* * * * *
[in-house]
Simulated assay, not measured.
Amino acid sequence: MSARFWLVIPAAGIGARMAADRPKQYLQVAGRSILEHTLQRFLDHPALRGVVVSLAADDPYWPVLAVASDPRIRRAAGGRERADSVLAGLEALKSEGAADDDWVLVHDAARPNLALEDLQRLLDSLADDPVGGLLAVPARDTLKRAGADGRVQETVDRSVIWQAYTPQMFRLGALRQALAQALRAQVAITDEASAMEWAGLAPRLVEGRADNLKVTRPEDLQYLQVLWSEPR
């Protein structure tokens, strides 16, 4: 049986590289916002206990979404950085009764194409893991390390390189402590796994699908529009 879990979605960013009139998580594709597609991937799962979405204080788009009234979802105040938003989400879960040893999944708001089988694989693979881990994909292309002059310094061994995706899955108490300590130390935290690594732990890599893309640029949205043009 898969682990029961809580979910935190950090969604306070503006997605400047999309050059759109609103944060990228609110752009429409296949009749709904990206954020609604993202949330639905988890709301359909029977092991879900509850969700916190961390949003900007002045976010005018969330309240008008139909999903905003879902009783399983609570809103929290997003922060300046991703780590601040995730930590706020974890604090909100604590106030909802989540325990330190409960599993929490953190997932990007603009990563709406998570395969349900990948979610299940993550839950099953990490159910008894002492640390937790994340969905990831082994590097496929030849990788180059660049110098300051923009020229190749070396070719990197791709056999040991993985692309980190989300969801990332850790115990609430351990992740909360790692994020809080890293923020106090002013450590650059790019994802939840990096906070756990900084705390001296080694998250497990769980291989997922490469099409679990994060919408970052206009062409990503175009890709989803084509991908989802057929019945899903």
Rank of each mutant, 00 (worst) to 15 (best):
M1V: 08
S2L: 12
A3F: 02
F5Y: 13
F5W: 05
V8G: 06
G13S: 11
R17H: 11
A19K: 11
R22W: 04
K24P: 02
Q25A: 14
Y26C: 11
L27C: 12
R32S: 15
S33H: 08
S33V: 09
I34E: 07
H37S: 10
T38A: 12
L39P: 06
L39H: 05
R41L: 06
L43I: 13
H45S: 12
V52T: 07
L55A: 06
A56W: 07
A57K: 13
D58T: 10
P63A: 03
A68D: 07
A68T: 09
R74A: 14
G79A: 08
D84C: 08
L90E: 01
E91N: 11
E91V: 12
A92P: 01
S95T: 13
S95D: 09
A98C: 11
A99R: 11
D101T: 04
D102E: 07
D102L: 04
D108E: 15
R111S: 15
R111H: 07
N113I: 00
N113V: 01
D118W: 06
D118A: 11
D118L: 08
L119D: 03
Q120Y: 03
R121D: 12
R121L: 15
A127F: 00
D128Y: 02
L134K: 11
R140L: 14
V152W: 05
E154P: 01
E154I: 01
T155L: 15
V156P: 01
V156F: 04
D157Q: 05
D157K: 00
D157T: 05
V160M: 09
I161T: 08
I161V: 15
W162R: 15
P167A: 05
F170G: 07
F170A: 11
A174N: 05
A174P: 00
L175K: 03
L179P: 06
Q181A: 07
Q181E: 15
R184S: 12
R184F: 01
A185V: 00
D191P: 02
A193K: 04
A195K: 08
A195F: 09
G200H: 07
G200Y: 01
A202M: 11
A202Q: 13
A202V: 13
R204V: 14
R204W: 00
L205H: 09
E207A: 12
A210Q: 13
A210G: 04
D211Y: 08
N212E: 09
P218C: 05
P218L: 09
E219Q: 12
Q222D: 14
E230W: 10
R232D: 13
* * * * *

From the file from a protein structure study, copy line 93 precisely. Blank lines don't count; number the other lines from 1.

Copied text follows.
A185V: 00